Early adoption of CVC by health systems like Ascension and Kaiser paved the way for health systems that want to give venture a try, but want to start slow as limited partners. In recent years, deal flow is ramping up at a healthy clip.
Deals involving at least one provider-backed venture fund totaled nearly $1.3 billion in 2018, according to PitchBook, an all-time high — and on track with overall corporate venture capital participation in the healthcare sector, which CB Insights reports having jumped 51% to $10.9 billion last year.
Newly-seeded funds are springing up in health systems across the country. Providence St. Joseph Health, one of the largest health systems in the country and most active in the venture space, announced its second $150 million healthcare venture capital fund in January, managed by its venture arm Providence Ventures. Providence Ventures’ first fund was launched in 2014.
Like many smaller health systems establishing themselves as new players in venture capital, Intermountain made its foray into the space as a limited partner in larger funds managed by Heritage Group and Ascension.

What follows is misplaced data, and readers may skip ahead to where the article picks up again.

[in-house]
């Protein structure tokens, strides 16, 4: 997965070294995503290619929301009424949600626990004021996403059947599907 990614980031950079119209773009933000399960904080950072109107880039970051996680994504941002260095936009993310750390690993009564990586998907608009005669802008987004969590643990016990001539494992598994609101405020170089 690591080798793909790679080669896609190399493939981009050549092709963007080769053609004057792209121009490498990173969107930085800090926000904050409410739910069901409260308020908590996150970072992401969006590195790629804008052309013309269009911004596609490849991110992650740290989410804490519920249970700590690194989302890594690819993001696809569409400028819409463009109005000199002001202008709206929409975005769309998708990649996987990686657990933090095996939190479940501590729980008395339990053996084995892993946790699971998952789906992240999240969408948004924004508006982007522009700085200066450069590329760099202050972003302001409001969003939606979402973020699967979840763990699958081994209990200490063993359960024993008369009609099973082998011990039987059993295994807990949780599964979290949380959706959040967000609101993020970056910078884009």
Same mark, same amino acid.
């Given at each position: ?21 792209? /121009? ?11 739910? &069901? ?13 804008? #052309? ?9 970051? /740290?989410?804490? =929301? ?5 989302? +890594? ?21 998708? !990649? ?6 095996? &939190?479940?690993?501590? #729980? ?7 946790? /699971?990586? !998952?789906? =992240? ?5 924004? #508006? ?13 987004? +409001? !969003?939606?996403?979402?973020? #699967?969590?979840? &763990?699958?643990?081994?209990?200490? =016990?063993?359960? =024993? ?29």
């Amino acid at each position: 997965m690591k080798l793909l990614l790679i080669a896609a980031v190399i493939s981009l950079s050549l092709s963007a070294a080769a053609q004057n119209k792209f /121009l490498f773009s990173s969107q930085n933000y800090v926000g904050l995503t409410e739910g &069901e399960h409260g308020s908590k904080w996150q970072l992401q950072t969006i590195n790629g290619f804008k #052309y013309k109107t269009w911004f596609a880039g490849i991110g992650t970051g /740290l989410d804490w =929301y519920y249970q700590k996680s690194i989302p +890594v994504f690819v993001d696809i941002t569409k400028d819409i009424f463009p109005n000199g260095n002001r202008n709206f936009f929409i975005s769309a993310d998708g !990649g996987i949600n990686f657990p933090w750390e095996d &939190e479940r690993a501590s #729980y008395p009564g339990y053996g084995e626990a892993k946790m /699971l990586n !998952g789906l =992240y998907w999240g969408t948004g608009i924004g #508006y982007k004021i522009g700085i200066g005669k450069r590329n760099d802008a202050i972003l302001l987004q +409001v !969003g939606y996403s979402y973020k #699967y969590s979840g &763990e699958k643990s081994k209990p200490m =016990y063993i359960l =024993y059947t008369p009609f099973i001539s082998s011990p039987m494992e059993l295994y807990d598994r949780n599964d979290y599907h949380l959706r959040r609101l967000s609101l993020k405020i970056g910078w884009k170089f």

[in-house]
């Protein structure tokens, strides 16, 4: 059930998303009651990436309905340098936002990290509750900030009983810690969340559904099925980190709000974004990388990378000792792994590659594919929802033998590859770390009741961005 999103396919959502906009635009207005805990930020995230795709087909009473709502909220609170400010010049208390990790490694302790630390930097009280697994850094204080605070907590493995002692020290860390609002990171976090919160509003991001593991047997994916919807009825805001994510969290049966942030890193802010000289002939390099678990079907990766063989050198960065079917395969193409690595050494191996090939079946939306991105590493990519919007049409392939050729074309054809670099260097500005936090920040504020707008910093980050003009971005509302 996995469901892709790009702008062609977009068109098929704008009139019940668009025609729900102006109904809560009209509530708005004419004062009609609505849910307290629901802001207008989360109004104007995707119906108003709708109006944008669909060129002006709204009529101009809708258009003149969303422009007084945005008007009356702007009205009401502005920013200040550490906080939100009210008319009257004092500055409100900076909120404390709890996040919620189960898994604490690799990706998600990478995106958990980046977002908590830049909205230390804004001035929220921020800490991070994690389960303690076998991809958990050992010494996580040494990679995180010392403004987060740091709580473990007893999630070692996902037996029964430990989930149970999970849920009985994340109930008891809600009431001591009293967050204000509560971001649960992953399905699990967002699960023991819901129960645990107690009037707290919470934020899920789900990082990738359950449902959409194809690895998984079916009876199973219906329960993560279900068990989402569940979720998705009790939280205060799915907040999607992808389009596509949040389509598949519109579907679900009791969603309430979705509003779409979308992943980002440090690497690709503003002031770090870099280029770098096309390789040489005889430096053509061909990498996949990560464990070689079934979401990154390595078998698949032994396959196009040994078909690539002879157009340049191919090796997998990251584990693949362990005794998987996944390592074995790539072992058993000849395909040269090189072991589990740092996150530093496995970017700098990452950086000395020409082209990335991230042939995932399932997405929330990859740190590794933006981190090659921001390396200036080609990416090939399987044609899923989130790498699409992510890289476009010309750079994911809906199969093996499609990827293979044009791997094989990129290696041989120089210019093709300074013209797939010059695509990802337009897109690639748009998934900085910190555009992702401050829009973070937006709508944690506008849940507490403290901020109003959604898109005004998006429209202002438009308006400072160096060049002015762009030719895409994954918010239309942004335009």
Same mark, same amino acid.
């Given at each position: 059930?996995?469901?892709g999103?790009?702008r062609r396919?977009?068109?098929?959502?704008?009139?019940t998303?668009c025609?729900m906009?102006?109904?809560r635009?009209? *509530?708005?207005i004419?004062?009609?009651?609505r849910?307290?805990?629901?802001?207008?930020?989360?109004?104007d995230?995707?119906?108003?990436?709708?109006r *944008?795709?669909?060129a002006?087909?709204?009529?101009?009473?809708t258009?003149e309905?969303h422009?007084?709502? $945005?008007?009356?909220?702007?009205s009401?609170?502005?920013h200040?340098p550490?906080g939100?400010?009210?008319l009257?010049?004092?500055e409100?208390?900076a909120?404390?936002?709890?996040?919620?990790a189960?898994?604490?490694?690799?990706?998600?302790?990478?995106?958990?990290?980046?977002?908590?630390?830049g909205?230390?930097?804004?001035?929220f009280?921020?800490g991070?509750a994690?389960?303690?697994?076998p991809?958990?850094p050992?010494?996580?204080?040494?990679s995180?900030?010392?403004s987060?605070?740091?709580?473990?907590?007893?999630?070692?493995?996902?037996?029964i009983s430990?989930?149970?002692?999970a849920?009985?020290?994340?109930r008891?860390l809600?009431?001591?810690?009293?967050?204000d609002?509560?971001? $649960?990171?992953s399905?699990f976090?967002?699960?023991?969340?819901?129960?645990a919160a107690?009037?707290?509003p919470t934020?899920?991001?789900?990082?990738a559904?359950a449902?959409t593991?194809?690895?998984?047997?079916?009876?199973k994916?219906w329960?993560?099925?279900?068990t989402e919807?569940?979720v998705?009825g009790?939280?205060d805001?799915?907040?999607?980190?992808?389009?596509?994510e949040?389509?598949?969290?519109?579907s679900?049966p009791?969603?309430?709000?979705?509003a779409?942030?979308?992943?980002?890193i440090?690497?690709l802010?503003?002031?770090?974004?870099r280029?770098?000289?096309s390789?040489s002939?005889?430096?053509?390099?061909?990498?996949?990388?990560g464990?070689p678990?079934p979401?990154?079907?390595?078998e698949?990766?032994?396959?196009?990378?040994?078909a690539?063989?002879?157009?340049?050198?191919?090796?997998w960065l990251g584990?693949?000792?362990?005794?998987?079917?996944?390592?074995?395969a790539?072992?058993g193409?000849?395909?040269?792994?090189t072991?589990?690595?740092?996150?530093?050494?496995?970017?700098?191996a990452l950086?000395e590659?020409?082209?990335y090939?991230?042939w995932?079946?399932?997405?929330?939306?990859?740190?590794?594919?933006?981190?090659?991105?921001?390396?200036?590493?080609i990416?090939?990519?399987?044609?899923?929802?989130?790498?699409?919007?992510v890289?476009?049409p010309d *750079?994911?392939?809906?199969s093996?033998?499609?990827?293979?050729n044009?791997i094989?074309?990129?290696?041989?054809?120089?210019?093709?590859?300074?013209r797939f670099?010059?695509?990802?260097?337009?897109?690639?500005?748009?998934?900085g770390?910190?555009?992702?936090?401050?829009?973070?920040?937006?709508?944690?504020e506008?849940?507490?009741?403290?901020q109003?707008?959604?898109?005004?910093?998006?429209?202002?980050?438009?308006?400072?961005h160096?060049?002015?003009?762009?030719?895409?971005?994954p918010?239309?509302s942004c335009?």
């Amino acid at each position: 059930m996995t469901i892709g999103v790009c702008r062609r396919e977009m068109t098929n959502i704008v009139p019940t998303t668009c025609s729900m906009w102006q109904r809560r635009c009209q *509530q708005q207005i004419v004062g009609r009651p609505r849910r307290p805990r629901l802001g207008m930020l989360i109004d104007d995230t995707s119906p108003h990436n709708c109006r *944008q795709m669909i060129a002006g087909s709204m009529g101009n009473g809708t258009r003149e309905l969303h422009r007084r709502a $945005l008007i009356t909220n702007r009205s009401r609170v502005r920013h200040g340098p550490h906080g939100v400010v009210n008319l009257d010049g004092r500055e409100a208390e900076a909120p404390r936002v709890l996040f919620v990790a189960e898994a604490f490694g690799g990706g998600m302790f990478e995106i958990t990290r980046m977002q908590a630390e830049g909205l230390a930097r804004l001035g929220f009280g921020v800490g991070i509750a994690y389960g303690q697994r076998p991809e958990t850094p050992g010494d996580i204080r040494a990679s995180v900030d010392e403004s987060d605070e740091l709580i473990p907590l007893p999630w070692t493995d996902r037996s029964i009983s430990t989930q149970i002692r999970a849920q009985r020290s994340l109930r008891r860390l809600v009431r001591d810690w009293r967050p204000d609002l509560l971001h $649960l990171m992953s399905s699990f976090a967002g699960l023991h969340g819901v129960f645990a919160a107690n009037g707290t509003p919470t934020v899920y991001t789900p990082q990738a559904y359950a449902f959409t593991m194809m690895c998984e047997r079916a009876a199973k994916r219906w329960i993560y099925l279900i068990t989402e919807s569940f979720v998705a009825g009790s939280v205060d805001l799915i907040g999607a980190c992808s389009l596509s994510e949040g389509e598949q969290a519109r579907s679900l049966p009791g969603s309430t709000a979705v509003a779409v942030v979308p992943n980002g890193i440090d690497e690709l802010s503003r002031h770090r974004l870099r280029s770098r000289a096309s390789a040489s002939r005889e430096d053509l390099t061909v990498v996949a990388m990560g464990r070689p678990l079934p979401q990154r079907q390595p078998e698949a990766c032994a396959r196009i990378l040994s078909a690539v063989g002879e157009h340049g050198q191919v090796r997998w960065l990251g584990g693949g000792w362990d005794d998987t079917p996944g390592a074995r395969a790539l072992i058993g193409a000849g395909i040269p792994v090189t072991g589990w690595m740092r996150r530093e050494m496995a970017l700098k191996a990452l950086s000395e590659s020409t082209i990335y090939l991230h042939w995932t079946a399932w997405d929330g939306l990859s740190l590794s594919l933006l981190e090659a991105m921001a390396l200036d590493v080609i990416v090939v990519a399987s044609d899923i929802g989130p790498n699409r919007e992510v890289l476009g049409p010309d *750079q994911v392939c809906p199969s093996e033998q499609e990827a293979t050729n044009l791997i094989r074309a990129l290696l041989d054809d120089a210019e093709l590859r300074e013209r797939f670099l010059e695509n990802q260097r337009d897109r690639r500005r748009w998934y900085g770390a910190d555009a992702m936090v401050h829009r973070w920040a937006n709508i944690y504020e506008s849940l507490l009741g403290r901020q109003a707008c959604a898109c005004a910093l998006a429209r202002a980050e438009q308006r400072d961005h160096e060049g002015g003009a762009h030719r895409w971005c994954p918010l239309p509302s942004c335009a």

Large firms “have a lot of understanding in how to help manage young companies and get them through the business end of growing their company. We can help on the clinical end,” Phillips said. “We definitely rely on the other folks investing … to both learn from and be a good partner to the companies we invest in.”
Intermountain formally launched its first $80 million venture fund this year.
While the health system recognizes the risk, Phillips argued many hospitals have institutional knowledge most investors don’t. That, in theory, allows them to mitigate some of that risk.
Intermountain’s portfolio is comprised partially of the companies the hospital system spun out of R&D. That’s not uncommon for nonprofit and academic health systems that have traditionally focused on developing IP in-house. As of 2017, 90% of Cleveland Clinic Ventures’ portfolio was invested in IP owned by the health system.
IP is the bread and butter investment for most academic and nonprofit health systems, helping to bring in some return while allowing physicians, who often develop those patents themselves, to retain some benefit.
Mayo Clinic, for example, says it has generated $600 million in revenue from licensing its IP since 1986. The health system has recently rolled its venture activity into its R&D arm under the name Mayo Clinic Ventures. Nevro, a device company the system spun out in 2014, has a current market cap of $1.32 billion.
Hospital executives like to say CVC is a complementary tool to R&D, that it’s another way to tinker — that the money doesn’t matter as much as the ability to improve quality and decrease cost does. That may be true, but at the end of the day it’s an investment, and hospitals have to hope it yields a positive return.
If there’s a chance an investment can lower the cost of care, increase quality and improve clinical care, Phillips said, the bigger risk is not giving it a shot.